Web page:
1608a The contribution of occupational medicine to emergency preparedness: new york city and 9/11

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Abstract

Background

Occupational exposures to hazardous materials and to high levels of psychological stress are predictable consequences of civilian disasters and result commonly in physical and mental health problems among first responders. Emergency plans must anticipate these occupational health consequences of disaster and be prepared to address them.

Goal

To assess the contribution of occupational medicine to emergency response after the attacks on the World Trade Centre of September 11, 2001.

Method

Historical review

Findings

New York had a network of Centres of Excellence in Occupational Health in place prior to September 11, 2001. These Centres were established in 1987, supported financially by the State of New York, and focused on the prevention, diagnosis, and treatment of injuries and illnesses among workers. They were staffed by trained personnel and provided a wide range of services including occupational medicine, occupational health nursing, industrial hygiene, ergonomics, and social work services.

Findings

The New York Centres of Excellence in Occupational Health were able to provide medical care to first responders immediately after September 11, 2001. Within a few weeks they had evaluated several hundred responders – firefighters, police, paramedics, and volunteers. Persistent cough, termed ‘World Trade Centre cough’, asthma, anxiety, depression, and post-traumatic stress disorder (PTSD) were the symptoms most commonly seen in the initial post-attack period. These symptoms were most severe in the most heavily exposed responders and were more frequent among 9/11 first responders than among unexposed workers in the same trades.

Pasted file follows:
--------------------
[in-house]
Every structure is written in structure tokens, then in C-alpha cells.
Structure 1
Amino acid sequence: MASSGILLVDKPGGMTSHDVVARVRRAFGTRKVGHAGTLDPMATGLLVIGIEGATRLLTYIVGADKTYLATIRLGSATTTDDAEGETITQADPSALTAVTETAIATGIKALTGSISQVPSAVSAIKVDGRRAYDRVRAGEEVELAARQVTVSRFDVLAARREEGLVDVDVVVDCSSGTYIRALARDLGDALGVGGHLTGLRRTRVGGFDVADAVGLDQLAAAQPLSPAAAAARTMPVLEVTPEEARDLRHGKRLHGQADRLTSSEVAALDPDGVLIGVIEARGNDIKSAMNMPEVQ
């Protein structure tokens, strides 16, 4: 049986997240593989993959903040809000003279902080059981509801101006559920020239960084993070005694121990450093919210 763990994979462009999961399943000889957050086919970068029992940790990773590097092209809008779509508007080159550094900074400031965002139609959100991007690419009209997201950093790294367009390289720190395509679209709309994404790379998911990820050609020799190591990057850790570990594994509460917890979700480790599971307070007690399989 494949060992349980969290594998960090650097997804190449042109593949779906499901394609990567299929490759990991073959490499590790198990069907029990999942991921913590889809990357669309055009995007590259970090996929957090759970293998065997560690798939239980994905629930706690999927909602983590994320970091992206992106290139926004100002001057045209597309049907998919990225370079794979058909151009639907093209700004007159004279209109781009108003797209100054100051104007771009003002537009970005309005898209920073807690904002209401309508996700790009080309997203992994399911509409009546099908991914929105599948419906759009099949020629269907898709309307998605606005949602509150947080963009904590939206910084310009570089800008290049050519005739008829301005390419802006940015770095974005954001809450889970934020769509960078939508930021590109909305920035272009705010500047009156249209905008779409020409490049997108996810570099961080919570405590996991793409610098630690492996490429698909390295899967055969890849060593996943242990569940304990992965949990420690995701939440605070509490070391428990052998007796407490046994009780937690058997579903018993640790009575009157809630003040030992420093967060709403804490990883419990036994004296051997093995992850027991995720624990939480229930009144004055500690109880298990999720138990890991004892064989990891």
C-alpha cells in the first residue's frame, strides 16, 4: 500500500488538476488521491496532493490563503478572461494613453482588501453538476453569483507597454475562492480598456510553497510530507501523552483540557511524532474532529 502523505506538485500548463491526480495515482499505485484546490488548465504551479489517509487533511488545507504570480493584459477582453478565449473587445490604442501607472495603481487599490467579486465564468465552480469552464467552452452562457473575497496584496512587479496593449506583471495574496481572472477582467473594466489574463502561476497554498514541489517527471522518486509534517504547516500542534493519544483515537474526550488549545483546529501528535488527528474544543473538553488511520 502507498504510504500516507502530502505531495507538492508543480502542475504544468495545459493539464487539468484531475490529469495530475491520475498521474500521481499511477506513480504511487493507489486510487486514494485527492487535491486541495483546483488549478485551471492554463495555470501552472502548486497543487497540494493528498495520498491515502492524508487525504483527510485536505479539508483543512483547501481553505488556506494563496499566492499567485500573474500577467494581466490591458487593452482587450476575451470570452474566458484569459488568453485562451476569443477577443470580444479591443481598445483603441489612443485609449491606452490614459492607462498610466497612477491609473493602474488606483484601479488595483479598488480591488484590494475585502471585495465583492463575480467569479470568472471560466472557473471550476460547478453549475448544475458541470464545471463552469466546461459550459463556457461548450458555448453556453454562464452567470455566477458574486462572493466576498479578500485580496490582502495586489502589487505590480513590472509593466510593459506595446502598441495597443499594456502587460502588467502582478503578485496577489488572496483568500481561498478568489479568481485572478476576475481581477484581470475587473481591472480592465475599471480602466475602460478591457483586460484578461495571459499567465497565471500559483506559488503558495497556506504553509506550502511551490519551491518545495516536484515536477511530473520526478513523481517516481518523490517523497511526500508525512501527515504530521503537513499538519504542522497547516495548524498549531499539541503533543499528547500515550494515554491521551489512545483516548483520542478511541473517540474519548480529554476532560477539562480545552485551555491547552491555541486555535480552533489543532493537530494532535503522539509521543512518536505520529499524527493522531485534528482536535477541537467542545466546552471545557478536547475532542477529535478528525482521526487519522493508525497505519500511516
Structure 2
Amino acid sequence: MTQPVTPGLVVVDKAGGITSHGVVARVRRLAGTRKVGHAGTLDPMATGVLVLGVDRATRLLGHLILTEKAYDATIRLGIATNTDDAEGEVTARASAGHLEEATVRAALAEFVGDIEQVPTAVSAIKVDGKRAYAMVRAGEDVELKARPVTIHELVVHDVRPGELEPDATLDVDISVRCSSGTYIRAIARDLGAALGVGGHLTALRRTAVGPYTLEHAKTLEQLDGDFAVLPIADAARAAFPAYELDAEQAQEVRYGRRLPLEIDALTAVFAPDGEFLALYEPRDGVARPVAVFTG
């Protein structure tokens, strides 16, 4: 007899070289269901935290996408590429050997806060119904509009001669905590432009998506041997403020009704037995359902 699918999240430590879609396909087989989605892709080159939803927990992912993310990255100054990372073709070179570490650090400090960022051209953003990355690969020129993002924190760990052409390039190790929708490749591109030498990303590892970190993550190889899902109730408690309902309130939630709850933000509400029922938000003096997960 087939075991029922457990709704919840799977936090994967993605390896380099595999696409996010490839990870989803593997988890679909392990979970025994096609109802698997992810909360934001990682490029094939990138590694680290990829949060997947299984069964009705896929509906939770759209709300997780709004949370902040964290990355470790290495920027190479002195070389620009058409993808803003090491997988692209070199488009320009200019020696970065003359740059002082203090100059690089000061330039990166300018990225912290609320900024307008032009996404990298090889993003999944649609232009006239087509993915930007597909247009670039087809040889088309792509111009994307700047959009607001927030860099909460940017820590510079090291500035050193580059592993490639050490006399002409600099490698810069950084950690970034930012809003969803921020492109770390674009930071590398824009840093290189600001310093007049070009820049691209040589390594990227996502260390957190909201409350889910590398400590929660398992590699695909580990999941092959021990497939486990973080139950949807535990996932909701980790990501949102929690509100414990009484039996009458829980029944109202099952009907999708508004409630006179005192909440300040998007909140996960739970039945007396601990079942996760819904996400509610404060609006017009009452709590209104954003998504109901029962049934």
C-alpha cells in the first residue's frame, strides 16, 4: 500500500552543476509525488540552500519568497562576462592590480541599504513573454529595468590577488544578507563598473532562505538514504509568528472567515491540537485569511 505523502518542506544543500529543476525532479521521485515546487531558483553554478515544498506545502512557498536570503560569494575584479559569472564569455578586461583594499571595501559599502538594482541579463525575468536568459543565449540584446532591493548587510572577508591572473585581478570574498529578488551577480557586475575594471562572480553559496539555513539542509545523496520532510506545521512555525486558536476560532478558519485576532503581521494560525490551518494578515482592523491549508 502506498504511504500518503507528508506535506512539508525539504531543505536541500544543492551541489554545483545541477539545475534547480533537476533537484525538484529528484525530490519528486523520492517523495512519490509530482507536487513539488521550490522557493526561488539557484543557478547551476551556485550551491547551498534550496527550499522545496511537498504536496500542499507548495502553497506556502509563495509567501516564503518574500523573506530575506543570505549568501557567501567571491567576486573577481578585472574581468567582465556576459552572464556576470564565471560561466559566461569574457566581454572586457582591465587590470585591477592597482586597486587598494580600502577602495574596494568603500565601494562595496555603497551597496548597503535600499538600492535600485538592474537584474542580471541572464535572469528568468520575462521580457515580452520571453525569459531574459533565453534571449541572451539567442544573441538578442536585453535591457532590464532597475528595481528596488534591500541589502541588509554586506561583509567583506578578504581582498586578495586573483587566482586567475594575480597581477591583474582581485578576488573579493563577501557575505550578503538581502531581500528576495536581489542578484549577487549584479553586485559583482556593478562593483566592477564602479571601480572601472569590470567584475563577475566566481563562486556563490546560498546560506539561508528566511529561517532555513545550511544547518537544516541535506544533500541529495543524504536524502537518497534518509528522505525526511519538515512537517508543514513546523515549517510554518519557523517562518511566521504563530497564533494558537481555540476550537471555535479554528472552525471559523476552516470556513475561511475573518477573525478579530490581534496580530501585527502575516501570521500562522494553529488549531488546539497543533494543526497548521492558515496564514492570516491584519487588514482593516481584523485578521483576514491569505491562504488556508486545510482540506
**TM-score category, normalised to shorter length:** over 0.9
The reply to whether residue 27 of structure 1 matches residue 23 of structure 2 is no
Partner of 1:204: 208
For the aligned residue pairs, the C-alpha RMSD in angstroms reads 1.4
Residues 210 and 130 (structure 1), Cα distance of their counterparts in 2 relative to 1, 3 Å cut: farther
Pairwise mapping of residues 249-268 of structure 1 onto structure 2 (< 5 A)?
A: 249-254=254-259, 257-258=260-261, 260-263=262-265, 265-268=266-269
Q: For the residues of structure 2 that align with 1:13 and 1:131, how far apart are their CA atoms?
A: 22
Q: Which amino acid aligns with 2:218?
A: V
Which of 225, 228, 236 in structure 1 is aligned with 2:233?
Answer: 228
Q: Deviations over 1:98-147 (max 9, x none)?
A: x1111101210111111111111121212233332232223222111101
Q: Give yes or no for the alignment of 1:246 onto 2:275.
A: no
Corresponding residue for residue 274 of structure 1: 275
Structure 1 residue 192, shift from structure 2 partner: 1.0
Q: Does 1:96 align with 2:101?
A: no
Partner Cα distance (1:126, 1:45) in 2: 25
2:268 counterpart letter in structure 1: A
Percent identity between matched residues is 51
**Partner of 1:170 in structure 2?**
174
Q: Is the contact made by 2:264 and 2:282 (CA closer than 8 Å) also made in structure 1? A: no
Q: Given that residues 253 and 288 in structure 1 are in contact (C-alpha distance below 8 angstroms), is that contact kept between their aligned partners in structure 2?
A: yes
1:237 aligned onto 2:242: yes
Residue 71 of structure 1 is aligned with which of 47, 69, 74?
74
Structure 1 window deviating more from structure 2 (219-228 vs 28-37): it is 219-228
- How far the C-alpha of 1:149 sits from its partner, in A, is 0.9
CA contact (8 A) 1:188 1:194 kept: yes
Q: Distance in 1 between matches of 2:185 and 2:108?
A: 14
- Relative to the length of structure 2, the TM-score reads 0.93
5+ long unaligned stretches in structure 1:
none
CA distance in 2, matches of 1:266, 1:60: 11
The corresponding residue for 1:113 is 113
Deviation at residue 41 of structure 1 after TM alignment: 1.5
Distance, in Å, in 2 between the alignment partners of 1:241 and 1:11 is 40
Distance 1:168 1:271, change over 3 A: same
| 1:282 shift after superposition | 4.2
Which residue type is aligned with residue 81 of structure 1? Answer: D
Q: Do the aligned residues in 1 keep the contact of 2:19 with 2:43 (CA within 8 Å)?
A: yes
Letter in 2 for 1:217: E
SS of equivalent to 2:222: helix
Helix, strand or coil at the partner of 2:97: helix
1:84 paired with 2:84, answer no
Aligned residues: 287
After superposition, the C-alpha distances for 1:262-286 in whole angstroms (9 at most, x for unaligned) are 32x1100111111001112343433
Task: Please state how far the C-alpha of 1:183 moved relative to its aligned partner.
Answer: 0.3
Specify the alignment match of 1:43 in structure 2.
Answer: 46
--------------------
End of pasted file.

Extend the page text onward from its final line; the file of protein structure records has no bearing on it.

Findings

Documentation of these health effects and their persistence was critical in demonstrating that the attacks on the World Trade Centre and their aftermath had produced physical and mental health effects among first responders; in establishing the need for long-term medical and epidemiologic follow-up of the first responder population; and in ensuring that this follow-up included comprehensive diagnosis and treatment of both physical and mental health conditions. Follow-up of the 9/11 responders continues to the present, is supported by the US government through the National Institute for Occupational Safety and Health (NIOSH), and has documented multiple exposure-related health problems in this population including restrictive lung disease, chronic sinusitis, gastro-esophageal reflux disease (GERD), PTSD, depression, and cancer.

Conclusion

Pre-positioned resources in occupational medicine are an essential component of disaster response. Emergency preparedness planning must include long-term investments in occupational and environmental health services.

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